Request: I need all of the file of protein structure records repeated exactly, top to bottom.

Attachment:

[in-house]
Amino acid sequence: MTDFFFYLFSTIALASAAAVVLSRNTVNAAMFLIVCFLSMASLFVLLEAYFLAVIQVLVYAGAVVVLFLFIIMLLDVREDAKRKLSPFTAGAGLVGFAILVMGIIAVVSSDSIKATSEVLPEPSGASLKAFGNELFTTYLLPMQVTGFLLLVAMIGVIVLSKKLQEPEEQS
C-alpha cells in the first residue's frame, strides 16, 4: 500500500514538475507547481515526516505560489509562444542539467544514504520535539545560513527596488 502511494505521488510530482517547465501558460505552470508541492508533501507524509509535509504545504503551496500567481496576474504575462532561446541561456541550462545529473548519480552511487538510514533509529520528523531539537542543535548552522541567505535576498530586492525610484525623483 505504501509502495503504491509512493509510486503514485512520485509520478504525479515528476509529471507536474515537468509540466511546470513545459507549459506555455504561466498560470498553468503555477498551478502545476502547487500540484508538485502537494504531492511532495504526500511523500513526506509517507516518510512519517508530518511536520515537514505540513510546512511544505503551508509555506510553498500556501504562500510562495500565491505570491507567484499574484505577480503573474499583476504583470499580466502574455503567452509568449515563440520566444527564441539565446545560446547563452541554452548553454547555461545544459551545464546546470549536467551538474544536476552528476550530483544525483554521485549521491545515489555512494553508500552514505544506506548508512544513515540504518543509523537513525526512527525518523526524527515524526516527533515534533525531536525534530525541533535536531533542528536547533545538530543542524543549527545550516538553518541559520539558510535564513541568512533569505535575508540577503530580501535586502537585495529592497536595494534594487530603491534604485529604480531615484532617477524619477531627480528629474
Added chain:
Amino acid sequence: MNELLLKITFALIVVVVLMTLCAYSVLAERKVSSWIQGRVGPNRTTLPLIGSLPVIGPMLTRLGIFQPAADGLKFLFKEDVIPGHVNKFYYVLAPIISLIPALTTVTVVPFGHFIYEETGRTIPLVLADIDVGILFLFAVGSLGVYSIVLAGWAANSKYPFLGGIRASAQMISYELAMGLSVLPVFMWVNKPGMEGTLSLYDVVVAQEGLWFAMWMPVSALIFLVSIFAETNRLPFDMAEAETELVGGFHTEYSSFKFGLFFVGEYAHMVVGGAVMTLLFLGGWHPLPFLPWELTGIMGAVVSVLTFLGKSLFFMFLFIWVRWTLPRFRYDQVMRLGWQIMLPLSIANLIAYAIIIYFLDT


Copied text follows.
[in-house]
Amino acid sequence: MTDFFFYLFSTIALASAAAVVLSRNTVNAAMFLIVCFLSMASLFVLLEAYFLAVIQVLVYAGAVVVLFLFIIMLLDVREDAKRKLSPFTAGAGLVGFAILVMGIIAVVSSDSIKATSEVLPEPSGASLKAFGNELFTTYLLPMQVTGFLLLVAMIGVIVLSKKLQEPEEQS
C-alpha cells in the first residue's frame, strides 16, 4: 500500500514538475507547481515526516505560489509562444542539467544514504520535539545560513527596488 502511494505521488510530482517547465501558460505552470508541492508533501507524509509535509504545504503551496500567481496576474504575462532561446541561456541550462545529473548519480552511487538510514533509529520528523531539537542543535548552522541567505535576498530586492525610484525623483 505504501509502495503504491509512493509510486503514485512520485509520478504525479515528476509529471507536474515537468509540466511546470513545459507549459506555455504561466498560470498553468503555477498551478502545476502547487500540484508538485502537494504531492511532495504526500511523500513526506509517507516518510512519517508530518511536520515537514505540513510546512511544505503551508509555506510553498500556501504562500510562495500565491505570491507567484499574484505577480503573474499583476504583470499580466502574455503567452509568449515563440520566444527564441539565446545560446547563452541554452548553454547555461545544459551545464546546470549536467551538474544536476552528476550530483544525483554521485549521491545515489555512494553508500552514505544506506548508512544513515540504518543509523537513525526512527525518523526524527515524526516527533515534533525531536525534530525541533535536531533542528536547533545538530543542524543549527545550516538553518541559520539558510535564513541568512533569505535575508540577503530580501535586502537585495529592497536595494534594487530603491534604485529604480531615484532617477524619477531627480528629474
Added chain:
Amino acid sequence: MNELLLKITFALIVVVVLMTLCAYSVLAERKVSSWIQGRVGPNRTTLPLIGSLPVIGPMLTRLGIFQPAADGLKFLFKEDVIPGHVNKFYYVLAPIISLIPALTTVTVVPFGHFIYEETGRTIPLVLADIDVGILFLFAVGSLGVYSIVLAGWAANSKYPFLGGIRASAQMISYELAMGLSVLPVFMWVNKPGMEGTLSLYDVVVAQEGLWFAMWMPVSALIFLVSIFAETNRLPFDMAEAETELVGGFHTEYSSFKFGLFFVGEYAHMVVGGAVMTLLFLGGWHPLPFLPWELTGIMGAVVSVLTFLGKSLFFMFLFIWVRWTLPRFRYDQVMRLGWQIMLPLSIANLIAYAIIIYFLDT